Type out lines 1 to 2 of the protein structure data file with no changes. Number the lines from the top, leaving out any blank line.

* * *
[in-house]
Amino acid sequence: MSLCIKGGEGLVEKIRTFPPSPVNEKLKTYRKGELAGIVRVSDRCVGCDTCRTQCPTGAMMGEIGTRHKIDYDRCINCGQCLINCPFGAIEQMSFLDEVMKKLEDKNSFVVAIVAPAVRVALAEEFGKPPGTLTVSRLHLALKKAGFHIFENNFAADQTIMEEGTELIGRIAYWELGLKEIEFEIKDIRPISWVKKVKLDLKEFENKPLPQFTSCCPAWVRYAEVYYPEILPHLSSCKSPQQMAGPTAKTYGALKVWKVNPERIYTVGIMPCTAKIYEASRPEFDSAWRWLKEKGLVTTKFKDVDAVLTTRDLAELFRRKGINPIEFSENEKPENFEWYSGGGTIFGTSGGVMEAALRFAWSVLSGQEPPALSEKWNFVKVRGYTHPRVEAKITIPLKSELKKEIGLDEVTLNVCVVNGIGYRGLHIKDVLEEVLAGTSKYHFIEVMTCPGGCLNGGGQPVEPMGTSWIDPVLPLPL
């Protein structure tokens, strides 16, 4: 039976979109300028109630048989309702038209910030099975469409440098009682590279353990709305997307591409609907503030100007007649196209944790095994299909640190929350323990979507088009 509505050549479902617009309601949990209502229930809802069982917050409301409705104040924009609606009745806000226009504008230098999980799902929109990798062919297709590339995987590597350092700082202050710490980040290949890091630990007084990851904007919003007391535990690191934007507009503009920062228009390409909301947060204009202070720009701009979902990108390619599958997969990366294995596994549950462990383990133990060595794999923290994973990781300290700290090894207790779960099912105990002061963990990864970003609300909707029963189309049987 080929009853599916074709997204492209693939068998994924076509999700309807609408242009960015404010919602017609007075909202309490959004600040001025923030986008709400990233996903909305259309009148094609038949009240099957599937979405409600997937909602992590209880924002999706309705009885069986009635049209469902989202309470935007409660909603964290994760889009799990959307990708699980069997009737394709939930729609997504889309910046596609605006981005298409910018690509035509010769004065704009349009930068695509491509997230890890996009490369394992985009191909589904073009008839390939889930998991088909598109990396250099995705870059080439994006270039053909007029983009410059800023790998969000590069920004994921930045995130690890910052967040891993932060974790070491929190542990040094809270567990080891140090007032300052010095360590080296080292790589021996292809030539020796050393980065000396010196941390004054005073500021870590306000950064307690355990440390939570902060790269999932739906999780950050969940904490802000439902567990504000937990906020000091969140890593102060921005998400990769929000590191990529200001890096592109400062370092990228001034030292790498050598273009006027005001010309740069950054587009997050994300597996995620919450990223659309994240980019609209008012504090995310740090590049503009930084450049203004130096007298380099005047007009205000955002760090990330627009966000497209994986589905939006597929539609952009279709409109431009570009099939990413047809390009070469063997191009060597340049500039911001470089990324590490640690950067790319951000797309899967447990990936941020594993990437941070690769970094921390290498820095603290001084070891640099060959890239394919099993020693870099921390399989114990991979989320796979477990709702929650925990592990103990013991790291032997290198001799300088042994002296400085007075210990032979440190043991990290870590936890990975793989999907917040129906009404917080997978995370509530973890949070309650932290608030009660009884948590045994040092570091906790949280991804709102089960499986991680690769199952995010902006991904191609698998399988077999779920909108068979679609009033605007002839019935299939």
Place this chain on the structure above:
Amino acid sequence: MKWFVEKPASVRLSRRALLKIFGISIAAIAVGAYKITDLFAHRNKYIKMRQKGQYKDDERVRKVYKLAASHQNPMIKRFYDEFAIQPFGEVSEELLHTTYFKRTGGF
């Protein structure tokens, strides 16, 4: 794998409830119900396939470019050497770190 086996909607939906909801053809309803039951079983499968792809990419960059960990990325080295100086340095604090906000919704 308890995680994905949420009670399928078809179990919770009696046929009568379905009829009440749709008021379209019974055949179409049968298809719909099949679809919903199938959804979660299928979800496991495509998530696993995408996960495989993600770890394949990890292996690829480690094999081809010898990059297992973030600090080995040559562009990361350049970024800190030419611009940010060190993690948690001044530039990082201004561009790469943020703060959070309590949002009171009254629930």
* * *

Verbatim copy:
[in-house]
Amino acid sequence: MSLCIKGGEGLVEKIRTFPPSPVNEKLKTYRKGELAGIVRVSDRCVGCDTCRTQCPTGAMMGEIGTRHKIDYDRCINCGQCLINCPFGAIEQMSFLDEVMKKLEDKNSFVVAIVAPAVRVALAEEFGKPPGTLTVSRLHLALKKAGFHIFENNFAADQTIMEEGTELIGRIAYWELGLKEIEFEIKDIRPISWVKKVKLDLKEFENKPLPQFTSCCPAWVRYAEVYYPEILPHLSSCKSPQQMAGPTAKTYGALKVWKVNPERIYTVGIMPCTAKIYEASRPEFDSAWRWLKEKGLVTTKFKDVDAVLTTRDLAELFRRKGINPIEFSENEKPENFEWYSGGGTIFGTSGGVMEAALRFAWSVLSGQEPPALSEKWNFVKVRGYTHPRVEAKITIPLKSELKKEIGLDEVTLNVCVVNGIGYRGLHIKDVLEEVLAGTSKYHFIEVMTCPGGCLNGGGQPVEPMGTSWIDPVLPLPL